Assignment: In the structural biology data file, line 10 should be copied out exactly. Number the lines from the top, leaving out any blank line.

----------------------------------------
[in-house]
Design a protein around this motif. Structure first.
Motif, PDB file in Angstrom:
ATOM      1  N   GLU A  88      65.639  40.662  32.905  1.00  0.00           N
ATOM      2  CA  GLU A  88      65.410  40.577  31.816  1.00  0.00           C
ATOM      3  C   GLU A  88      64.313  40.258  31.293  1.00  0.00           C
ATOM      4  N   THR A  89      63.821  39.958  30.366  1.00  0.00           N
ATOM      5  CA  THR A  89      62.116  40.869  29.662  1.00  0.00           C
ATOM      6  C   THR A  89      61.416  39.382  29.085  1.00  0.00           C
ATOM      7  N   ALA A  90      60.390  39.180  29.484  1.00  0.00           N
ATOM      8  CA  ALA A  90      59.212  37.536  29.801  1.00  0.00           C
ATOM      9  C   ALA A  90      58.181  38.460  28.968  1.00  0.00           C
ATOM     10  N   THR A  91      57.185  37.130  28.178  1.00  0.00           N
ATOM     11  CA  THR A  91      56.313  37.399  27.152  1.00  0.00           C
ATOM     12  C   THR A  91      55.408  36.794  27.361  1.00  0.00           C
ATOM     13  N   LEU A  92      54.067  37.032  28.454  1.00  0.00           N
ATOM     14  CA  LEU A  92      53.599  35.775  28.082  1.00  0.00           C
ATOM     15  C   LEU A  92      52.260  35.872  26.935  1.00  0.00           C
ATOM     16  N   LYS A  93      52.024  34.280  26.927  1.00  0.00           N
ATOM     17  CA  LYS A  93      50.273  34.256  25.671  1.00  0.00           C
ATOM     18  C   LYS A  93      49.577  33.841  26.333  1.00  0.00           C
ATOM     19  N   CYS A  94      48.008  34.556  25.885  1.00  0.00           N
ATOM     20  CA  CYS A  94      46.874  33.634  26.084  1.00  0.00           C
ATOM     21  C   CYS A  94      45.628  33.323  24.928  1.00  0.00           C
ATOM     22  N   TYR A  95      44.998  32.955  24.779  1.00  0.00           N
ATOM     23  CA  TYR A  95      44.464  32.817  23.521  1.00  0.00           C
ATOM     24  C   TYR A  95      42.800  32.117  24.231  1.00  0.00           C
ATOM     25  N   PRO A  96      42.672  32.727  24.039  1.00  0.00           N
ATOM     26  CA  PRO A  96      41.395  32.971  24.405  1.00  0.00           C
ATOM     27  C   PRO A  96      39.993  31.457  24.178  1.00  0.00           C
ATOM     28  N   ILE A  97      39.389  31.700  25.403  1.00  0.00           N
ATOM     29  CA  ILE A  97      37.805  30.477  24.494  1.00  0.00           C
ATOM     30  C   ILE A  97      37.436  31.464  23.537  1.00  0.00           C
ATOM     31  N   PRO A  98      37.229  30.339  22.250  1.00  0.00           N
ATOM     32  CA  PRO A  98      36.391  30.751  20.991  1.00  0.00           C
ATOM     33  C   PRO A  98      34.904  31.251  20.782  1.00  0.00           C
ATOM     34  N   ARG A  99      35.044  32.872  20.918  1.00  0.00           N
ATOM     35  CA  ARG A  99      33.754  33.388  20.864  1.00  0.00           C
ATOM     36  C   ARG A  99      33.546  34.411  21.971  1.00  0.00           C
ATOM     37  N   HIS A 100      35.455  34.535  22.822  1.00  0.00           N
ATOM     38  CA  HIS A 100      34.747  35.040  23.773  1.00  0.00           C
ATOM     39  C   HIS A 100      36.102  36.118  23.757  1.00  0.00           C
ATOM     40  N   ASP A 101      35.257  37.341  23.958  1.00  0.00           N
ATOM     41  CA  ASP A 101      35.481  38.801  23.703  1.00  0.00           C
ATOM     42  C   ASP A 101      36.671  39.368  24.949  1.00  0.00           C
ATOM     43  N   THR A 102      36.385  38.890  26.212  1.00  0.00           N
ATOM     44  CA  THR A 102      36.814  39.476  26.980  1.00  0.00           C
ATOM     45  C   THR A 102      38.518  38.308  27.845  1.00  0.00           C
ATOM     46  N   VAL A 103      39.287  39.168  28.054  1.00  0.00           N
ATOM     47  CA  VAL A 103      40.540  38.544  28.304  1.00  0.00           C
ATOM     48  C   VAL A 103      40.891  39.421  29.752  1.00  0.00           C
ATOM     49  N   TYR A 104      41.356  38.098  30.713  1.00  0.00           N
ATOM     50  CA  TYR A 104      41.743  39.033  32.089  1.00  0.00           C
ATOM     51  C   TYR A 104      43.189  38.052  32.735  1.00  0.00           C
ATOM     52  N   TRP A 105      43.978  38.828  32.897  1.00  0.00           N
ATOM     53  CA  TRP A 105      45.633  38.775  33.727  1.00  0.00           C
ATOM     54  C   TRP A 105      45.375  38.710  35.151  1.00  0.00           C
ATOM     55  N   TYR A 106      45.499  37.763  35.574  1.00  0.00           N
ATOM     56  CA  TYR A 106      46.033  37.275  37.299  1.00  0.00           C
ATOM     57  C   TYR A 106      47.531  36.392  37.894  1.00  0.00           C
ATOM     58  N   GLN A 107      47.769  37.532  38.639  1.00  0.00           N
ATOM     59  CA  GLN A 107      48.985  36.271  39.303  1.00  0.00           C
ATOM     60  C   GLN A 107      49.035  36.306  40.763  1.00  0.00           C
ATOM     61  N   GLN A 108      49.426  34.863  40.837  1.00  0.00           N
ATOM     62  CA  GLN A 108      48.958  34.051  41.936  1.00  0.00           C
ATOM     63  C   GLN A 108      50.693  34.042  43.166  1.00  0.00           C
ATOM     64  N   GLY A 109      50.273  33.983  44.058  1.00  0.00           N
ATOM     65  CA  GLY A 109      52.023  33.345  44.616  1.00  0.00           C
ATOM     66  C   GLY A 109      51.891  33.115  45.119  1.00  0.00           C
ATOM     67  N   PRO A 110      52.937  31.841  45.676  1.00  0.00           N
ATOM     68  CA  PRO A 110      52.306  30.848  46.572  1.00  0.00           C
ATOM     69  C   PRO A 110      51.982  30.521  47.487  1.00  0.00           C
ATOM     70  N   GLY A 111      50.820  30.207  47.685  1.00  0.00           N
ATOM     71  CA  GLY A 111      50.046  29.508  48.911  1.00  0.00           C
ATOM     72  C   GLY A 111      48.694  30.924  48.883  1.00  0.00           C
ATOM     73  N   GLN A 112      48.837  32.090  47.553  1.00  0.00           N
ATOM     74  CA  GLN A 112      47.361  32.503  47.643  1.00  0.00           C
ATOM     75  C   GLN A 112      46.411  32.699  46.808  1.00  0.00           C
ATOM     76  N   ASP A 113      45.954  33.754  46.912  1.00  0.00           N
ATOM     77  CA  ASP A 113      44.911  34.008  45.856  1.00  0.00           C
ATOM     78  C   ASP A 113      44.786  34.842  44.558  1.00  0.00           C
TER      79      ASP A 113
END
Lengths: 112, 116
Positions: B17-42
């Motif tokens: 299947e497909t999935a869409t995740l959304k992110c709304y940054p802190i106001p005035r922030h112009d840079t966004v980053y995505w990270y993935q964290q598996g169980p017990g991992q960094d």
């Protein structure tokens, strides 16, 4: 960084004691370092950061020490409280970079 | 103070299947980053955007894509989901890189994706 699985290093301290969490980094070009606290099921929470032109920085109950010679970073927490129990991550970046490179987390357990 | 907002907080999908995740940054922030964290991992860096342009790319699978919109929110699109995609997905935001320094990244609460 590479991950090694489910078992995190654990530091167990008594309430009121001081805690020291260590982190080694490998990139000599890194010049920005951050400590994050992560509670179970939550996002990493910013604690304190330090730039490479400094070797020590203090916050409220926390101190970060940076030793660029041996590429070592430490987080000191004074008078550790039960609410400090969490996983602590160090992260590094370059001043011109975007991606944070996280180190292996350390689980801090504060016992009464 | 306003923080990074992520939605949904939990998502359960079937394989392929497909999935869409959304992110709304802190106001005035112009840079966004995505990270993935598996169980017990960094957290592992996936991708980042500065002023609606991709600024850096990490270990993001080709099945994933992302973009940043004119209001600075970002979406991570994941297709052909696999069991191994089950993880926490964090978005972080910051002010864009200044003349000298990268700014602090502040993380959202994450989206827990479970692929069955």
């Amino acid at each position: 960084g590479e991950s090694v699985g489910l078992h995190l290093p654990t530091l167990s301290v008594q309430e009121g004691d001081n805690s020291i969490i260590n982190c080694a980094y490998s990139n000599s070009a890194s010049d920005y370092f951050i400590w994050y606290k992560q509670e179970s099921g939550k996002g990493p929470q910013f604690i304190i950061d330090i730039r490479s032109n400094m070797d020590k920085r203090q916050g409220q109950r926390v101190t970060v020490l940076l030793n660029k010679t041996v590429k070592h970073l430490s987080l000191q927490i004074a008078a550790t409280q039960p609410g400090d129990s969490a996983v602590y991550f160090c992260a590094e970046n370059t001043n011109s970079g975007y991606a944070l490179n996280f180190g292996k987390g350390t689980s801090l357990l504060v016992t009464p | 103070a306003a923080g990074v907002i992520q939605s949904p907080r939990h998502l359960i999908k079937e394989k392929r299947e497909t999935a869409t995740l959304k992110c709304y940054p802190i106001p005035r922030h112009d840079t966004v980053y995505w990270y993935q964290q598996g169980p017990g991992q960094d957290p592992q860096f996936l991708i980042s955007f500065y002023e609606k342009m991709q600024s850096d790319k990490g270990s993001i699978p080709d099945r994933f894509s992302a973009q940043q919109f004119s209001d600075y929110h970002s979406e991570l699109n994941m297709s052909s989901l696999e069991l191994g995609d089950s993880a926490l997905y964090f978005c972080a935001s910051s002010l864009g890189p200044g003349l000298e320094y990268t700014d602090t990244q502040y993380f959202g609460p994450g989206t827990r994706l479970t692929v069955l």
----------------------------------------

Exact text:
ATOM      7  N   ALA A  90      60.390  39.180  29.484  1.00  0.00           N